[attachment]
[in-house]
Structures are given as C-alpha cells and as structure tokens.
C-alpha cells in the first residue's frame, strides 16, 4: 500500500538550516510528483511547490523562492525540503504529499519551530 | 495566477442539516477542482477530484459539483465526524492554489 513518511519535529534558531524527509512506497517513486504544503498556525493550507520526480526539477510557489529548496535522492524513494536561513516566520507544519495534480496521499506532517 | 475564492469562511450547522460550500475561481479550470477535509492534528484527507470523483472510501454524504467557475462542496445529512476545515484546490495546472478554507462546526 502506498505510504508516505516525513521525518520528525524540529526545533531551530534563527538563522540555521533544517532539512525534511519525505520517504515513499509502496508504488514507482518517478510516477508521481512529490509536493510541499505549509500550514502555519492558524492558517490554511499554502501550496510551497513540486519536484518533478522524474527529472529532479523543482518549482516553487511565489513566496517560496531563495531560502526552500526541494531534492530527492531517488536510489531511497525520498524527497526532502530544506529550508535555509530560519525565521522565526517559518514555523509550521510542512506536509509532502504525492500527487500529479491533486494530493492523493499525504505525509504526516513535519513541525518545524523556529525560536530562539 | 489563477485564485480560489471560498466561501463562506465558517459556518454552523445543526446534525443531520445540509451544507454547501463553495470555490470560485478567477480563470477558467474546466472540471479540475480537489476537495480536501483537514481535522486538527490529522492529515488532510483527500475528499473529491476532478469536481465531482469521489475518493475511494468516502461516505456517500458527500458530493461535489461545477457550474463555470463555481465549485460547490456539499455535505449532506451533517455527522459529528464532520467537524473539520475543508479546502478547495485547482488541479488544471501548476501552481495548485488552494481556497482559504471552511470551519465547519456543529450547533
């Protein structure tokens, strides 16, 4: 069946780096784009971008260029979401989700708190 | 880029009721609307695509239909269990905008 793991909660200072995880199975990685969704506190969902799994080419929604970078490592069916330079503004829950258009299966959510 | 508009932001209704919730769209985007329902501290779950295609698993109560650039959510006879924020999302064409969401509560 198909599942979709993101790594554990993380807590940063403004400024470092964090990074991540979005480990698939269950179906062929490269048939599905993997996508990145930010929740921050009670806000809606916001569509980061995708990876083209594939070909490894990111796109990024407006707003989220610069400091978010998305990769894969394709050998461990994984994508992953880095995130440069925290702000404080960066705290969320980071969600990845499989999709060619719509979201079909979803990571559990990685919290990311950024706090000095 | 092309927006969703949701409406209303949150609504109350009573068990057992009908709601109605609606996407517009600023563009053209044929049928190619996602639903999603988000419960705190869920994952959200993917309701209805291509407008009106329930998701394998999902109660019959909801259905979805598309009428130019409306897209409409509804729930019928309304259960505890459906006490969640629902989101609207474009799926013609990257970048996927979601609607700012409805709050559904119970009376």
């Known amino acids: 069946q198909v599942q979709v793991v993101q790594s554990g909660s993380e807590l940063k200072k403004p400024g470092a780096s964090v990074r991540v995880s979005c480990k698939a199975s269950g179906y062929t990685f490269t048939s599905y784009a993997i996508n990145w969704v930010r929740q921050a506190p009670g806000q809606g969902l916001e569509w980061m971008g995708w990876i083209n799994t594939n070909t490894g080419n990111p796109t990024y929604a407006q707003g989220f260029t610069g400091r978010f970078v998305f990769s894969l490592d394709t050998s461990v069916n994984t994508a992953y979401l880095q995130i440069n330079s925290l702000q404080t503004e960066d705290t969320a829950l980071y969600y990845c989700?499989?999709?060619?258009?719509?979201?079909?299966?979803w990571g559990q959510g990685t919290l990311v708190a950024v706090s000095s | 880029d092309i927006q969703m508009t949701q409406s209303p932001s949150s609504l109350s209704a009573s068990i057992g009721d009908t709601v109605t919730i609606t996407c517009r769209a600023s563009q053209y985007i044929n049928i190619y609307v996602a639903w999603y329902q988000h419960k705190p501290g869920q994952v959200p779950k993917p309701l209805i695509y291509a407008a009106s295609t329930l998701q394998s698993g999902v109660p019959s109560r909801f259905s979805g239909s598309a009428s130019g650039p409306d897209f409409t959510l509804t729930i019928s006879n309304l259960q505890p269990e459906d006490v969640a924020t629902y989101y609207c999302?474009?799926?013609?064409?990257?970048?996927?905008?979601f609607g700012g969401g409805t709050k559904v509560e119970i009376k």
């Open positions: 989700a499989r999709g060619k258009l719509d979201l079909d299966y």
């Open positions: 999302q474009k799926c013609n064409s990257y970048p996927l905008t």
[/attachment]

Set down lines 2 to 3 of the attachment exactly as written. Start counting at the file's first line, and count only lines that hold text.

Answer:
Structures are given as C-alpha cells and as structure tokens.
C-alpha cells in the first residue's frame, strides 16, 4: 500500500538550516510528483511547490523562492525540503504529499519551530 | 495566477442539516477542482477530484459539483465526524492554489 513518511519535529534558531524527509512506497517513486504544503498556525493550507520526480526539477510557489529548496535522492524513494536561513516566520507544519495534480496521499506532517 | 475564492469562511450547522460550500475561481479550470477535509492534528484527507470523483472510501454524504467557475462542496445529512476545515484546490495546472478554507462546526 502506498505510504508516505516525513521525518520528525524540529526545533531551530534563527538563522540555521533544517532539512525534511519525505520517504515513499509502496508504488514507482518517478510516477508521481512529490509536493510541499505549509500550514502555519492558524492558517490554511499554502501550496510551497513540486519536484518533478522524474527529472529532479523543482518549482516553487511565489513566496517560496531563495531560502526552500526541494531534492530527492531517488536510489531511497525520498524527497526532502530544506529550508535555509530560519525565521522565526517559518514555523509550521510542512506536509509532502504525492500527487500529479491533486494530493492523493499525504505525509504526516513535519513541525518545524523556529525560536530562539 | 489563477485564485480560489471560498466561501463562506465558517459556518454552523445543526446534525443531520445540509451544507454547501463553495470555490470560485478567477480563470477558467474546466472540471479540475480537489476537495480536501483537514481535522486538527490529522492529515488532510483527500475528499473529491476532478469536481465531482469521489475518493475511494468516502461516505456517500458527500458530493461535489461545477457550474463555470463555481465549485460547490456539499455535505449532506451533517455527522459529528464532520467537524473539520475543508479546502478547495485547482488541479488544471501548476501552481495548485488552494481556497482559504471552511470551519465547519456543529450547533